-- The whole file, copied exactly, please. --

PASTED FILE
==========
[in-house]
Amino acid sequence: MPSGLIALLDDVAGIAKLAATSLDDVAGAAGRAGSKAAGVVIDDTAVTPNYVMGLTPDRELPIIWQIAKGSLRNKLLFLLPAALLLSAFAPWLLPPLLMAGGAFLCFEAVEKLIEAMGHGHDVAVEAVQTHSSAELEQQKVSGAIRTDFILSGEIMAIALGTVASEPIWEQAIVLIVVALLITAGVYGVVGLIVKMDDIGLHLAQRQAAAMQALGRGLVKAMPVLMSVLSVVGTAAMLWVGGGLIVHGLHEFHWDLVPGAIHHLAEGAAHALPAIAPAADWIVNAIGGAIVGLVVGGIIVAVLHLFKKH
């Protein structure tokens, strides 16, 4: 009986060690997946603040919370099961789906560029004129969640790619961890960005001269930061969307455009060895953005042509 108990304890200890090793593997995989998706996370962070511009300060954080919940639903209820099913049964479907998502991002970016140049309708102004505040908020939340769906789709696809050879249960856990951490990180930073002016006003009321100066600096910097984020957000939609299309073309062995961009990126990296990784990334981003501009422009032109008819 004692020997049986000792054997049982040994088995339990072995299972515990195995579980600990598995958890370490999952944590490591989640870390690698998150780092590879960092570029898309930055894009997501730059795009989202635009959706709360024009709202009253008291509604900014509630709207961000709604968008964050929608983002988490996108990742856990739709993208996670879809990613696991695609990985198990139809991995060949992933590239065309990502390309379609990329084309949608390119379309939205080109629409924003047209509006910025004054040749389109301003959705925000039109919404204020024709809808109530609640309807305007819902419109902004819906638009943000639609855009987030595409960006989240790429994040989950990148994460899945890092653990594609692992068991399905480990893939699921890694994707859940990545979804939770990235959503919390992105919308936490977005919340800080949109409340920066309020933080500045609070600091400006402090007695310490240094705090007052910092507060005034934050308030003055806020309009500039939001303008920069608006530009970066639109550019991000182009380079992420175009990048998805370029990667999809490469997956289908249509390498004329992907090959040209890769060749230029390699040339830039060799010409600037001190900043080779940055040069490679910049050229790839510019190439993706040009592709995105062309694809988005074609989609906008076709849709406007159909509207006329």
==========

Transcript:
[in-house]
Amino acid sequence: MPSGLIALLDDVAGIAKLAATSLDDVAGAAGRAGSKAAGVVIDDTAVTPNYVMGLTPDRELPIIWQIAKGSLRNKLLFLLPAALLLSAFAPWLLPPLLMAGGAFLCFEAVEKLIEAMGHGHDVAVEAVQTHSSAELEQQKVSGAIRTDFILSGEIMAIALGTVASEPIWEQAIVLIVVALLITAGVYGVVGLIVKMDDIGLHLAQRQAAAMQALGRGLVKAMPVLMSVLSVVGTAAMLWVGGGLIVHGLHEFHWDLVPGAIHHLAEGAAHALPAIAPAADWIVNAIGGAIVGLVVGGIIVAVLHLFKKH
């Protein structure tokens, strides 16, 4: 009986060690997946603040919370099961789906560029004129969640790619961890960005001269930061969307455009060895953005042509 108990304890200890090793593997995989998706996370962070511009300060954080919940639903209820099913049964479907998502991002970016140049309708102004505040908020939340769906789709696809050879249960856990951490990180930073002016006003009321100066600096910097984020957000939609299309073309062995961009990126990296990784990334981003501009422009032109008819 004692020997049986000792054997049982040994088995339990072995299972515990195995579980600990598995958890370490999952944590490591989640870390690698998150780092590879960092570029898309930055894009997501730059795009989202635009959706709360024009709202009253008291509604900014509630709207961000709604968008964050929608983002988490996108990742856990739709993208996670879809990613696991695609990985198990139809991995060949992933590239065309990502390309379609990329084309949608390119379309939205080109629409924003047209509006910025004054040749389109301003959705925000039109919404204020024709809808109530609640309807305007819902419109902004819906638009943000639609855009987030595409960006989240790429994040989950990148994460899945890092653990594609692992068991399905480990893939699921890694994707859940990545979804939770990235959503919390992105919308936490977005919340800080949109409340920066309020933080500045609070600091400006402090007695310490240094705090007052910092507060005034934050308030003055806020309009500039939001303008920069608006530009970066639109550019991000182009380079992420175009990048998805370029990667999809490469997956289908249509390498004329992907090959040209890769060749230029390699040339830039060799010409600037001190900043080779940055040069490679910049050229790839510019190439993706040009592709995105062309694809988005074609989609906008076709849709406007159909509207006329």